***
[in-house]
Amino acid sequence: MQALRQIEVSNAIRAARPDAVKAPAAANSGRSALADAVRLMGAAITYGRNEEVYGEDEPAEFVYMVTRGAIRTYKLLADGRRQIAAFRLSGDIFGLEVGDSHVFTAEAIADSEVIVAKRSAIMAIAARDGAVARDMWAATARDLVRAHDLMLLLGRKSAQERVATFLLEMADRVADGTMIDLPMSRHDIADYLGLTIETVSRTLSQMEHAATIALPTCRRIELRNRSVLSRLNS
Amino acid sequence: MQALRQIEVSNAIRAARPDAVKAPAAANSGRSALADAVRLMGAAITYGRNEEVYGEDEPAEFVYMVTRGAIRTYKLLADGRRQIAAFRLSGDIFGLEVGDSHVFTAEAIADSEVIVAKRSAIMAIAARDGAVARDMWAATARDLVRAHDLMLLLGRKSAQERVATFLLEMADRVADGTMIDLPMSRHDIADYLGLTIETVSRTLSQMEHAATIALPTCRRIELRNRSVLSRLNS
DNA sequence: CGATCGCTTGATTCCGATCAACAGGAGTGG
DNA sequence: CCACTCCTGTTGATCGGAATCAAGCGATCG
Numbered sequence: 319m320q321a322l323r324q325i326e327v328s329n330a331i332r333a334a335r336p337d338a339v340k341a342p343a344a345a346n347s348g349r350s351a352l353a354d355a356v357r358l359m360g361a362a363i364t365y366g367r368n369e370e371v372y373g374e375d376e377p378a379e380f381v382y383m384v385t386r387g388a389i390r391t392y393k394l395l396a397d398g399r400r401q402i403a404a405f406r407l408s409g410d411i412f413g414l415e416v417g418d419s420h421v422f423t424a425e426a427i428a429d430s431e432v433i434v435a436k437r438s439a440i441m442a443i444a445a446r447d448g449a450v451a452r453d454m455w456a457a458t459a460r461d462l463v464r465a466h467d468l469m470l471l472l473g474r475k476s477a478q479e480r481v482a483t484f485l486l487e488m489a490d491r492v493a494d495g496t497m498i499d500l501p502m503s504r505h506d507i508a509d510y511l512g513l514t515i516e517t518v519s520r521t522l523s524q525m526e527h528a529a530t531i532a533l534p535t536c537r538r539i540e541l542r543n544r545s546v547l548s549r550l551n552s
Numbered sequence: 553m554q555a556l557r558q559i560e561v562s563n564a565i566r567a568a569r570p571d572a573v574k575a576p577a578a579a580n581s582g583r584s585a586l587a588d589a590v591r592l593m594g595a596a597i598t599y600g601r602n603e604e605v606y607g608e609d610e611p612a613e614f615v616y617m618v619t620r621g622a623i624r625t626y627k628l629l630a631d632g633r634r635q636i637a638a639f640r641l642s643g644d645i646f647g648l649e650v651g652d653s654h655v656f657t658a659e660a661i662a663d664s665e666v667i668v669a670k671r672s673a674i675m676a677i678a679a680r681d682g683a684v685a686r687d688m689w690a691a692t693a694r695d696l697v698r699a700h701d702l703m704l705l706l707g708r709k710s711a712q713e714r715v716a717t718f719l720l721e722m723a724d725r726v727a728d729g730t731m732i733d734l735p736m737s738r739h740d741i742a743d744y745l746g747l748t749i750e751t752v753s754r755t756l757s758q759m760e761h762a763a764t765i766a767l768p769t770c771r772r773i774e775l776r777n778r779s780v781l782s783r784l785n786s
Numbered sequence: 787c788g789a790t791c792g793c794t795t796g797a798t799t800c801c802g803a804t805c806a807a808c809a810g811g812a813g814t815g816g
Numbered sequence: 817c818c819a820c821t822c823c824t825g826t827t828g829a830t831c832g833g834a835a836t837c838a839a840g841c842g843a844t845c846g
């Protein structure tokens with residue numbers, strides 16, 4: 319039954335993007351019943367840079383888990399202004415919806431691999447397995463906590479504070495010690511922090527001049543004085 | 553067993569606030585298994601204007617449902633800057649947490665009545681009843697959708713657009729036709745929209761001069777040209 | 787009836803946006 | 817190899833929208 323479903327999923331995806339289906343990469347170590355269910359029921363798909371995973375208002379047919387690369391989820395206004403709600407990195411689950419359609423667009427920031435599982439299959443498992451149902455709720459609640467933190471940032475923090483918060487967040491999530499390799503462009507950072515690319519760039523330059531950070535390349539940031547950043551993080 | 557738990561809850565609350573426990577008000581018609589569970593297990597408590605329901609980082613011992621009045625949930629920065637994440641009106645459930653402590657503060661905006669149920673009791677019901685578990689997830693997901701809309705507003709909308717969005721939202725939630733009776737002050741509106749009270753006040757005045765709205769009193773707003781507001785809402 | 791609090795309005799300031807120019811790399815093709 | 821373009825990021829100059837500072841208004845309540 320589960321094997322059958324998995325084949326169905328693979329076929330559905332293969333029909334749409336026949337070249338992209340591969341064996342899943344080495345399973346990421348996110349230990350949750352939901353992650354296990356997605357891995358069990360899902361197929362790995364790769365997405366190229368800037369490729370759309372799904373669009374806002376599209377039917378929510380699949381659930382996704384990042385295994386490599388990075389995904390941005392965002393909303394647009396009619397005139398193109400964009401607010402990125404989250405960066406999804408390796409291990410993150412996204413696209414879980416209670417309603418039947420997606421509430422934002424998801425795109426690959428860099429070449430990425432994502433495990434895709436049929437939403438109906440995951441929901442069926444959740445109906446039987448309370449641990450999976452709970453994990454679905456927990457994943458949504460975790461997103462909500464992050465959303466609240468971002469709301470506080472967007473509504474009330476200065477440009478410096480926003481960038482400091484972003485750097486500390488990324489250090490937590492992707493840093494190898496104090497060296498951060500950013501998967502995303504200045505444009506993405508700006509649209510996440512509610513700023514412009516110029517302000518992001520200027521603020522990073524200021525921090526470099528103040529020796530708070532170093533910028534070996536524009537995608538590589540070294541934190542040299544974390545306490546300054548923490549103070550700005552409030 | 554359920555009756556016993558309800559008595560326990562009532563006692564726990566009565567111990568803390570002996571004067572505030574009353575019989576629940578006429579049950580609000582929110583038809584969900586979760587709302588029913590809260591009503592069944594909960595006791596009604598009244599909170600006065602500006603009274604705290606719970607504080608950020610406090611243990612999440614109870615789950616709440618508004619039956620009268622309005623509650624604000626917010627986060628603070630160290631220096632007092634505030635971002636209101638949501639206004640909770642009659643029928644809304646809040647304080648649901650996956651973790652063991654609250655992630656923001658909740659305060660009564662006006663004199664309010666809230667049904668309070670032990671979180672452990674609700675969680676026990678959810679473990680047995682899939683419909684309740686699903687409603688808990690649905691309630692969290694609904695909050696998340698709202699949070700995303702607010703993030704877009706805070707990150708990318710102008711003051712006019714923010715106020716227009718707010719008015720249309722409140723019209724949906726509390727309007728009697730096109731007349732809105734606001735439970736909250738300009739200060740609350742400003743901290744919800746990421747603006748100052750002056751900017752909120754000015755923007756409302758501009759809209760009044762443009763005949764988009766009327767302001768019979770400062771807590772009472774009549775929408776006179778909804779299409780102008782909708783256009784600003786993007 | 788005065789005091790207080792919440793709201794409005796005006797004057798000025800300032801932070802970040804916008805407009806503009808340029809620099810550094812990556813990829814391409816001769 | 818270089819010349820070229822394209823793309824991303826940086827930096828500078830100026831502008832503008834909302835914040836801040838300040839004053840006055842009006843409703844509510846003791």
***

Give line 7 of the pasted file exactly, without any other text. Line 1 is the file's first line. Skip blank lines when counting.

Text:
Numbered sequence: 553m554q555a556l557r558q559i560e561v562s563n564a565i566r567a568a569r570p571d572a573v574k575a576p577a578a579a580n581s582g583r584s585a586l587a588d589a590v591r592l593m594g595a596a597i598t599y600g601r602n603e604e605v606y607g608e609d610e611p612a613e614f615v616y617m618v619t620r621g622a623i624r625t626y627k628l629l630a631d632g633r634r635q636i637a638a639f640r641l642s643g644d645i646f647g648l649e650v651g652d653s654h655v656f657t658a659e660a661i662a663d664s665e666v667i668v669a670k671r672s673a674i675m676a677i678a679a680r681d682g683a684v685a686r687d688m689w690a691a692t693a694r695d696l697v698r699a700h701d702l703m704l705l706l707g708r709k710s711a712q713e714r715v716a717t718f719l720l721e722m723a724d725r726v727a728d729g730t731m732i733d734l735p736m737s738r739h740d741i742a743d744y745l746g747l748t749i750e751t752v753s754r755t756l757s758q759m760e761h762a763a764t765i766a767l768p769t770c771r772r773i774e775l776r777n778r779s780v781l782s783r784l785n786s